Thursday, 2 August 2012
Asanha Bucha Day
Today is Asanha Bucha day, a big Buddhist holiday.
The Buddhist Holy Day of Asalaha Bucha falls on the 15th night (15 kham) of the full moon during the eighth month of the Buddhist Lunar calendar.
Asalaha Bucha Day is worshipped because of three important events occurring on the day. Called the “Triple Gem” (the Buddha, Dharma and Sangha), these commemorate the first sermon given by the Buddha, called the “Dharmachakapavattama Sutta” concerning the “Four Noble Truths” presented to the Buddha’s first five disciples. The sermon set in motion the “Wheel of Dharma”, which is the meaning of “Dharmachaka”.
The sermon concluded that: 1. All things are a source of suffering from the constant cycle of birth, disease, old age and death. 2. Desire or the inability to obtain what one desires is the cause of suffering resulting from cause and effect. 3. Freedom from suffering can be obtained after the complete cessation of desire. 4. The last of the Four Noble Truths is the “Middle Way”, or the path between extremes of asceticism and indulgence leading to the eliminating of desire. The Eight-Fold Path consists of possessing the correct: Views, Resolve, Speech, Conduct, Livelihood, Effort, Mindfulness, and Meditation.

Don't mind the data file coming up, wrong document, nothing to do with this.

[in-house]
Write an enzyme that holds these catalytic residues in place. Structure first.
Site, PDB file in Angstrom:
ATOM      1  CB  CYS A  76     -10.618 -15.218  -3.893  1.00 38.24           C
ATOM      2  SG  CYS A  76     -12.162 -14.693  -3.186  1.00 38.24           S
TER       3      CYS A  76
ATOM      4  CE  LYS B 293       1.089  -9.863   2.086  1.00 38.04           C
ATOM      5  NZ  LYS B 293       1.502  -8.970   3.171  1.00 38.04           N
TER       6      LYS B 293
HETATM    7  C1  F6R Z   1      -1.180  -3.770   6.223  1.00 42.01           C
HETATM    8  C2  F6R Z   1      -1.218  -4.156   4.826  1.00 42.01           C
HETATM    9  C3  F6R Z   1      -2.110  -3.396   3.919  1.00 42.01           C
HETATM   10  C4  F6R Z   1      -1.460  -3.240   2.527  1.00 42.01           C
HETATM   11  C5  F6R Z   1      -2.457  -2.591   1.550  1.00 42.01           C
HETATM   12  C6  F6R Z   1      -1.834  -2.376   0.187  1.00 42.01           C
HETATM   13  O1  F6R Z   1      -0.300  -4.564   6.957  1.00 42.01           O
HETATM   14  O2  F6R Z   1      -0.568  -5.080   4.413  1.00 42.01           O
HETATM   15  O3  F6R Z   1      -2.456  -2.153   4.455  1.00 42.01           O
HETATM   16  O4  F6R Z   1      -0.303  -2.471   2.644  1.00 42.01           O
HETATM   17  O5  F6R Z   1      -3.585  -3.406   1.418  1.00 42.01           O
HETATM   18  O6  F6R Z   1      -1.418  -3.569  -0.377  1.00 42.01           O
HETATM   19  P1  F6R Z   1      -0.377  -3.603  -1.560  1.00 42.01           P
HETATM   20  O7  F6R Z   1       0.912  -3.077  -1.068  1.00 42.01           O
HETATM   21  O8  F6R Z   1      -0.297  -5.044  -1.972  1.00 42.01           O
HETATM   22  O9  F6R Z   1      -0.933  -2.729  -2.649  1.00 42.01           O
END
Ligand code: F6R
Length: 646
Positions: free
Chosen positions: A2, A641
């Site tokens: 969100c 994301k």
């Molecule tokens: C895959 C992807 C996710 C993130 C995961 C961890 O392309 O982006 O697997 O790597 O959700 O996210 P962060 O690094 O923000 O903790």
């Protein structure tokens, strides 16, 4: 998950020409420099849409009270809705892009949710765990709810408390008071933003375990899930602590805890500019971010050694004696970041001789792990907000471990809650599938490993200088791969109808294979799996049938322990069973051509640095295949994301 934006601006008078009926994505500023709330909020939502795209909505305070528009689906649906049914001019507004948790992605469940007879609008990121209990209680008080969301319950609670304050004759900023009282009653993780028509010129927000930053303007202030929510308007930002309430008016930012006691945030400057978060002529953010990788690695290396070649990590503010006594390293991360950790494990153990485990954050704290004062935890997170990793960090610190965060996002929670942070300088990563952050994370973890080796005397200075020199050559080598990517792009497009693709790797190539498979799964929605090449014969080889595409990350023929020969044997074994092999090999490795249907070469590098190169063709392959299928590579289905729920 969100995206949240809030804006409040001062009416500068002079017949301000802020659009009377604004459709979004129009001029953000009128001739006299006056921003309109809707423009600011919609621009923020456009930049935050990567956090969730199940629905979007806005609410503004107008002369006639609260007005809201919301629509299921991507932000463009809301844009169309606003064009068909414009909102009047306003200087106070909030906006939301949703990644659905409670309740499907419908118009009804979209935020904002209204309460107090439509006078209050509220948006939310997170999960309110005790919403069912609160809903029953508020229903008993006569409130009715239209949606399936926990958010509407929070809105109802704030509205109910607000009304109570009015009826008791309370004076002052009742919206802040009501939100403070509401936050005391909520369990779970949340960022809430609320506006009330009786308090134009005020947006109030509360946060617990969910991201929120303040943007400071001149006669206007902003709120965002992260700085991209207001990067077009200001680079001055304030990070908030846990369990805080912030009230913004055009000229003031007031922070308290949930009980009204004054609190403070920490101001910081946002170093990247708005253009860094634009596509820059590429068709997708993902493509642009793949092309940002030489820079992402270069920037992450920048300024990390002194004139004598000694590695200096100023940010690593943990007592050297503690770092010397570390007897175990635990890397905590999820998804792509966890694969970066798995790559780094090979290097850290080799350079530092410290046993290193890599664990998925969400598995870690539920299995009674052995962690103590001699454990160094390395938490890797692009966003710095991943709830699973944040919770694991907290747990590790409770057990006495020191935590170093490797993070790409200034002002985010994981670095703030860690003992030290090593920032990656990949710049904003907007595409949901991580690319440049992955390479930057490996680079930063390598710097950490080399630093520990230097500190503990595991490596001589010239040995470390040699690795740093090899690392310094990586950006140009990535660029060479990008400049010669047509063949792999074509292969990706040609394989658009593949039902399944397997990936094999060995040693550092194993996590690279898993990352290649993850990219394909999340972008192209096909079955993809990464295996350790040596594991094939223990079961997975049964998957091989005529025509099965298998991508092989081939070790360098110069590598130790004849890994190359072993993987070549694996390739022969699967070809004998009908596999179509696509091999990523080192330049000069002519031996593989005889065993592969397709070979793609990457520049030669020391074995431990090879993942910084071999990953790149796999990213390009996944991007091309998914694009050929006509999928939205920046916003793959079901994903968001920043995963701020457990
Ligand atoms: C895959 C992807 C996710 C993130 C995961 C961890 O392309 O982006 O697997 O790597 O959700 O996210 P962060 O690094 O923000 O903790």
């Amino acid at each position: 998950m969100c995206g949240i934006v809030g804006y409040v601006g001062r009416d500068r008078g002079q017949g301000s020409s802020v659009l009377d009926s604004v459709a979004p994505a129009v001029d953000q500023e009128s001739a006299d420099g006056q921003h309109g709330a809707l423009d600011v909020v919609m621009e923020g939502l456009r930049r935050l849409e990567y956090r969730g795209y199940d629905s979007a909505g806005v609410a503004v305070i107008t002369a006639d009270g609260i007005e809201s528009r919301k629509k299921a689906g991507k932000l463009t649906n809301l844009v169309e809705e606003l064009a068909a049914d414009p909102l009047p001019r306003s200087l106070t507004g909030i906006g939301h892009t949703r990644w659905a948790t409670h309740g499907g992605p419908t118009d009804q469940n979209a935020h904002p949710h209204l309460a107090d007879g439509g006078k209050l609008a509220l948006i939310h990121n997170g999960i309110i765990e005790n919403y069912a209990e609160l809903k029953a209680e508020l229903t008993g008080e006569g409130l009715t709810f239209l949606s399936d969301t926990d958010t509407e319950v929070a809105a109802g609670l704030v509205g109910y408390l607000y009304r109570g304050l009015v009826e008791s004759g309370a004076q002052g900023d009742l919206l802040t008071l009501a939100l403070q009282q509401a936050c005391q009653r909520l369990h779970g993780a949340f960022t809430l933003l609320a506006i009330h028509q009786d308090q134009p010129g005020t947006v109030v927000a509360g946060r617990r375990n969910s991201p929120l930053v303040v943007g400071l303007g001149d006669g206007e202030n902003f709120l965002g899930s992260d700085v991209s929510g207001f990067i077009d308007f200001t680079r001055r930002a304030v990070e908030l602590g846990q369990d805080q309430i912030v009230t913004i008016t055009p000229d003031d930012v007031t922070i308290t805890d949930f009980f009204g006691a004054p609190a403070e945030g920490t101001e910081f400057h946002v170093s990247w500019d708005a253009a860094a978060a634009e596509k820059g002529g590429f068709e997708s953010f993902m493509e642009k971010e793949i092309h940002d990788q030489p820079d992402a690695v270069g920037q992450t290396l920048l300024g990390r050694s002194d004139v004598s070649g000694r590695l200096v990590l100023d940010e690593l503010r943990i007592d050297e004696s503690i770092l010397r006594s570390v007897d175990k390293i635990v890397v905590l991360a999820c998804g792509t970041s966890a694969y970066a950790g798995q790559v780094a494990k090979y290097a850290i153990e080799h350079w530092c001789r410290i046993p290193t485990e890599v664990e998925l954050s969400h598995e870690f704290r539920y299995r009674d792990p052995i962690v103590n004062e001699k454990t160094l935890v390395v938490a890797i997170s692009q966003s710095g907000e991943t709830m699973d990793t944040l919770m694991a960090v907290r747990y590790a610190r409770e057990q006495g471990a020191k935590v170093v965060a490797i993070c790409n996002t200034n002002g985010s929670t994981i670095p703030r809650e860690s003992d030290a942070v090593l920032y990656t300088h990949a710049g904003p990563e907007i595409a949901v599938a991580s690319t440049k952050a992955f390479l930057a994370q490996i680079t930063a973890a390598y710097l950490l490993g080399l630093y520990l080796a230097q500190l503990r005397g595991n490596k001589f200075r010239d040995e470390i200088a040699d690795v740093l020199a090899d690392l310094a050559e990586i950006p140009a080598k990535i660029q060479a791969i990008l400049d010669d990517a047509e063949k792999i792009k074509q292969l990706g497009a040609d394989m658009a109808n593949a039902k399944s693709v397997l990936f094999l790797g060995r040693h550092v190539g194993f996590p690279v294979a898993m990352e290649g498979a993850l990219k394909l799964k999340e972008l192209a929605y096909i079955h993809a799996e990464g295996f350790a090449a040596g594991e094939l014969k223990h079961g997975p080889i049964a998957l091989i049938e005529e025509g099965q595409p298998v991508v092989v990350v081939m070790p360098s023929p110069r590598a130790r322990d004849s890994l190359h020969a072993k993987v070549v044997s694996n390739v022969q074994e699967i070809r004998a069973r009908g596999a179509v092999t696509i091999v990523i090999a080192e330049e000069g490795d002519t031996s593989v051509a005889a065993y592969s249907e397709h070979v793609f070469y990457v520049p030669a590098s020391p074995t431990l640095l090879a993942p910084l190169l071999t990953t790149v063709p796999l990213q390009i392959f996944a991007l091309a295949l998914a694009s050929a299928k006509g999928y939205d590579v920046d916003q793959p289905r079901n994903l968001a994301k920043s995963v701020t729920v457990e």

Secondly, the day is considered to be the birth of Buddhism, as the Buddha departed the location where he gained his enlightenment two months earlier and then, coming to a forested area in the city of Pharansi, he showed favour to five ascetics who became his followers.
The third of the Triple Gems is the Sangha. On this same day, the first person listened to the Buddha’s sermon, realising the truths contained therein and becoming the first Buddhist monk. This created the Buddhist order “Sangha” and the day is known as “Sangha Day” as well as Ahsala Bucha Day.
The Thai government established the observance of Asalaha Bucha Day in 1958. Buddhist temples throughout the Kingdom arrange ceremonies venerating the important historic events in the past. Devout Buddhists participate in the ceremonies by presenting offerings to monks, listening to sermons and performing ritual prayers.
The entire day is revered and certain precepts are adhered to by the more devout Buddhist, and by those who have the inclination and opportunity to do so. The Wientian ritual ceremony is performed in the evening as many go to nearby temples bringing candles, flowers and joss sticks, completing three trips walking around the temple area sacred grounds.
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